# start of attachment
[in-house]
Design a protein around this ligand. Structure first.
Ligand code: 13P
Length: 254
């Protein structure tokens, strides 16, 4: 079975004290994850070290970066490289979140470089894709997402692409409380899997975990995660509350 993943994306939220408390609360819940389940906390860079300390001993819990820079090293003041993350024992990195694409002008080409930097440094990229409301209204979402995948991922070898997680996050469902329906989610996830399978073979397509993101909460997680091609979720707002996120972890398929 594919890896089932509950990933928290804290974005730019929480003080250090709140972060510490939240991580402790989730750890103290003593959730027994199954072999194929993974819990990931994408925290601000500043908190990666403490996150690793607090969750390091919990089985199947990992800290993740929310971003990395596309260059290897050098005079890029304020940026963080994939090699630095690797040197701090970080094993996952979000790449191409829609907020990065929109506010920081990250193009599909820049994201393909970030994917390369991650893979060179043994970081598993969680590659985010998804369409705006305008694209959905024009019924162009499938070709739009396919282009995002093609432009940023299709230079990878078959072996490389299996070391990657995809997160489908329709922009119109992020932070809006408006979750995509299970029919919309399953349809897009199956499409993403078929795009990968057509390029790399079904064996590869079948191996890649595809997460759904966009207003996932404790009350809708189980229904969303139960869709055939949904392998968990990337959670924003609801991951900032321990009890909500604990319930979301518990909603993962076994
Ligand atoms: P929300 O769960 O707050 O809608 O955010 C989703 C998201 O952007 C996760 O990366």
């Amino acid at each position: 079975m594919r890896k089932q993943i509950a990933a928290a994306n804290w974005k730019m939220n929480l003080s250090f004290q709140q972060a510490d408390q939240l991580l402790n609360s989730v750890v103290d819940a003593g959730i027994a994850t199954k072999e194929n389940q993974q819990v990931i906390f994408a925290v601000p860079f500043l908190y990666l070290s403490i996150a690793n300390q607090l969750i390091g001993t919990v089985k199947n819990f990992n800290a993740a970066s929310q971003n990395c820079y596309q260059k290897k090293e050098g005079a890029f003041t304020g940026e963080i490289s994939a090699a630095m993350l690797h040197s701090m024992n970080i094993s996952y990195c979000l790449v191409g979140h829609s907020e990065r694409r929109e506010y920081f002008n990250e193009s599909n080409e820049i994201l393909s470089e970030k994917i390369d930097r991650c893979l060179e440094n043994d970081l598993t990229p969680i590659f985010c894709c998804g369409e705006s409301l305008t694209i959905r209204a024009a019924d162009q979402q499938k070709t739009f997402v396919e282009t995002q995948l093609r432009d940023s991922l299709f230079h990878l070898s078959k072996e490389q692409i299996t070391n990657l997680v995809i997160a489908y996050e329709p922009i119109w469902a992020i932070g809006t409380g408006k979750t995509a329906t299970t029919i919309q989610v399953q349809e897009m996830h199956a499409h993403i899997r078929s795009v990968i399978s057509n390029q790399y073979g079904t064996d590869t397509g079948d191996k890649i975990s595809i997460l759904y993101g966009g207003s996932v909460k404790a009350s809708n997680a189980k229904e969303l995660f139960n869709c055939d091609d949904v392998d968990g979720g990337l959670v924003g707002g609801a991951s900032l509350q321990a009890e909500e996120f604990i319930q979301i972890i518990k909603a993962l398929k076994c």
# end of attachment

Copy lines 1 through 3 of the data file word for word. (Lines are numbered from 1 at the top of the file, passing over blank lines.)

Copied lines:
[in-house]
Design a protein around this ligand. Structure first.
Ligand code: 13P